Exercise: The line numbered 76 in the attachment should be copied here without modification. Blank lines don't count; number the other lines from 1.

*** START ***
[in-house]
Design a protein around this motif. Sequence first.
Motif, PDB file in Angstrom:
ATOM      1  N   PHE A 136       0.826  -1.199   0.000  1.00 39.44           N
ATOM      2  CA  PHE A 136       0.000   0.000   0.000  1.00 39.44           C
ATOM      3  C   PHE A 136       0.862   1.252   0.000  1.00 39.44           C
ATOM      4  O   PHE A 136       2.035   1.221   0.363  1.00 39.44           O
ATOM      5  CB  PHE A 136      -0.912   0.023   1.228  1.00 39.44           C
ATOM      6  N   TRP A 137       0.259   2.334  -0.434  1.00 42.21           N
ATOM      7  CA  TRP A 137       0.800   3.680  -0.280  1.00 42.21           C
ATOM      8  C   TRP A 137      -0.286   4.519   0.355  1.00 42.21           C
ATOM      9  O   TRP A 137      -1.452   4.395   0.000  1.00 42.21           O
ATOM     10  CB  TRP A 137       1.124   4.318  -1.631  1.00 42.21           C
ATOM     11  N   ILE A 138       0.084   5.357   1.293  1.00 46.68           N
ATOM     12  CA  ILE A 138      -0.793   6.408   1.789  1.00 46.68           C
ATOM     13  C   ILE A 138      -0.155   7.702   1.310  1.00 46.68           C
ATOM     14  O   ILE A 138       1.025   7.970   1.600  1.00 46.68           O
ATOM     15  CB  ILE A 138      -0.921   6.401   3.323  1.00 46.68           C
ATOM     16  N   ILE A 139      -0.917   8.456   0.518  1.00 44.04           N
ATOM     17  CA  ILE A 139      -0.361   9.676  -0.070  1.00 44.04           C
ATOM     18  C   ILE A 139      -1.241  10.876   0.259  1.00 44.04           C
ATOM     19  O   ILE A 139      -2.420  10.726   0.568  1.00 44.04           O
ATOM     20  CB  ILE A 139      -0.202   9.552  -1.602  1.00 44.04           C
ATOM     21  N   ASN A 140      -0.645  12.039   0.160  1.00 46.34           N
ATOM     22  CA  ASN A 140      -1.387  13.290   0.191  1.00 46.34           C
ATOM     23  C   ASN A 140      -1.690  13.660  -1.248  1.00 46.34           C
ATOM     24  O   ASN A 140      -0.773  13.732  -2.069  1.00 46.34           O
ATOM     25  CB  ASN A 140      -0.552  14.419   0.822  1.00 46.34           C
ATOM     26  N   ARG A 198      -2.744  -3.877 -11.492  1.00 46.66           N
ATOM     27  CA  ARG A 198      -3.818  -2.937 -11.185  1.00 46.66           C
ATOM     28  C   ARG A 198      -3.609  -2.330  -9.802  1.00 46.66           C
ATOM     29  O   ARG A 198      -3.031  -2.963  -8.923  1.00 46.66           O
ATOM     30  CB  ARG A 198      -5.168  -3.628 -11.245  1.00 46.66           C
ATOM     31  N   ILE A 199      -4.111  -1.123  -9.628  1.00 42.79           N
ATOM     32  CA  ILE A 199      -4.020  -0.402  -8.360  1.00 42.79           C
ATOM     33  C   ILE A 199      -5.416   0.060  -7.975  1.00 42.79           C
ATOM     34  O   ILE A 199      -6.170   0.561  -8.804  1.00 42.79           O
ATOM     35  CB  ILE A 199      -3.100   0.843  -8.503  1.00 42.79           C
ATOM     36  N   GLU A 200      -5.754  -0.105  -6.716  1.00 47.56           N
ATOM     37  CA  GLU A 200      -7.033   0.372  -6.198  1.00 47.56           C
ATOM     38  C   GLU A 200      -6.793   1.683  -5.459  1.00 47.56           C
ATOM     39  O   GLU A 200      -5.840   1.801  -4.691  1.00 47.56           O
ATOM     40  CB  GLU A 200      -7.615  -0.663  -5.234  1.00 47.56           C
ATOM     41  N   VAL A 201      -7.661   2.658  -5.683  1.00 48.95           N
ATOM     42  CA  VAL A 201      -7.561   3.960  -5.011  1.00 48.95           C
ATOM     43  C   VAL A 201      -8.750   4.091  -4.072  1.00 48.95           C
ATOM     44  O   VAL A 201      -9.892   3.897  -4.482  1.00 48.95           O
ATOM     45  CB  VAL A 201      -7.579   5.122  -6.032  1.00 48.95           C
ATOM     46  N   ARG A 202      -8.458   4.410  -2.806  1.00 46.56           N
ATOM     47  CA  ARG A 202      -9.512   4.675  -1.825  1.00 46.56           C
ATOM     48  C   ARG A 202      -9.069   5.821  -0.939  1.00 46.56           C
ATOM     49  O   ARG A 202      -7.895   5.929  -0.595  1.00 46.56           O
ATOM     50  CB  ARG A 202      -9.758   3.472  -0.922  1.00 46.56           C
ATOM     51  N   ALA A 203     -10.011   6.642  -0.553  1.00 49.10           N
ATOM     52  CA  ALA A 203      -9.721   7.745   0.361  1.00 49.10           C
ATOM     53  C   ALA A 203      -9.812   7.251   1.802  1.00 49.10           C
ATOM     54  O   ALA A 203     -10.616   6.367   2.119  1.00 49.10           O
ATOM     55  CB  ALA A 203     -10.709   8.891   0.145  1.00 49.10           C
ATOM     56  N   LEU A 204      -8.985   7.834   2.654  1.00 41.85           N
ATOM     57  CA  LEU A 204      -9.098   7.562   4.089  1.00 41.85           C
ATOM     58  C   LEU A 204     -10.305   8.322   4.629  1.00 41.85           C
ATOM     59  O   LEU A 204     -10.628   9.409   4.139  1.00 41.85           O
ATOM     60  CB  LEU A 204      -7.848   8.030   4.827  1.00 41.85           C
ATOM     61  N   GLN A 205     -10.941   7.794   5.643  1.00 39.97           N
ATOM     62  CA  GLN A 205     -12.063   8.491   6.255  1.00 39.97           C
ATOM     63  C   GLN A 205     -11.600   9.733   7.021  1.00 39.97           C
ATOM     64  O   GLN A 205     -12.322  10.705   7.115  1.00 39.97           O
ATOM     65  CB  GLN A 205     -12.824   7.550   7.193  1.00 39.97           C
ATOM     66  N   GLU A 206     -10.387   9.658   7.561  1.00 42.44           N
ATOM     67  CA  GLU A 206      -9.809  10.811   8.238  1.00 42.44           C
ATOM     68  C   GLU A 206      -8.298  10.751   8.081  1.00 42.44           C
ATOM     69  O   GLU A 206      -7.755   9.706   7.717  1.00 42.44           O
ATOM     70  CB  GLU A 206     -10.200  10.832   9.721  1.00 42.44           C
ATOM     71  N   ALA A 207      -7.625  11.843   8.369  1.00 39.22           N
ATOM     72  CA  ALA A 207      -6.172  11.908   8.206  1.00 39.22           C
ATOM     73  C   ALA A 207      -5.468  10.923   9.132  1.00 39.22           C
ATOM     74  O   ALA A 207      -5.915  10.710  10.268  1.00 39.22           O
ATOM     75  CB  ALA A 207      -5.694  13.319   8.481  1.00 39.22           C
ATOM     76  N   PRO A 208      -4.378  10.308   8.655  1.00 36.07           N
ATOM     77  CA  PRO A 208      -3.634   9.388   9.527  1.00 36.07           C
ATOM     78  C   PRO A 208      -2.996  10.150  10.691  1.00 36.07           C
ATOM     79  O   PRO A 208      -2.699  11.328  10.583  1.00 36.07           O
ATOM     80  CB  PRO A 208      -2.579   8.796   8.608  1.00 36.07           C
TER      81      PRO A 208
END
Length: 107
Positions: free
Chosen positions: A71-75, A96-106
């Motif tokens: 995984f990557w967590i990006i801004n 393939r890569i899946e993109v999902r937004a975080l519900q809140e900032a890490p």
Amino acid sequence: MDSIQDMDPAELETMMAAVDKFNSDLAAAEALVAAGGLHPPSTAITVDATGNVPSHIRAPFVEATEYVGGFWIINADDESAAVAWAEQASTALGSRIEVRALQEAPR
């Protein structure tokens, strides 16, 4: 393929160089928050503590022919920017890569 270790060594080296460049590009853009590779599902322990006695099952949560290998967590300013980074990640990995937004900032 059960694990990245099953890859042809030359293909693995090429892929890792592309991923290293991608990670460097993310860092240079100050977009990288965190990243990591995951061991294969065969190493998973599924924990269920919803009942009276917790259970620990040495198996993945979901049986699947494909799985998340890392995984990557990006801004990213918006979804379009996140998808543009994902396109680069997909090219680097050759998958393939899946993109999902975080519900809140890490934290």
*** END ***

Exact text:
ATOM     73  C   ALA A 207      -5.468  10.923   9.132  1.00 39.22           C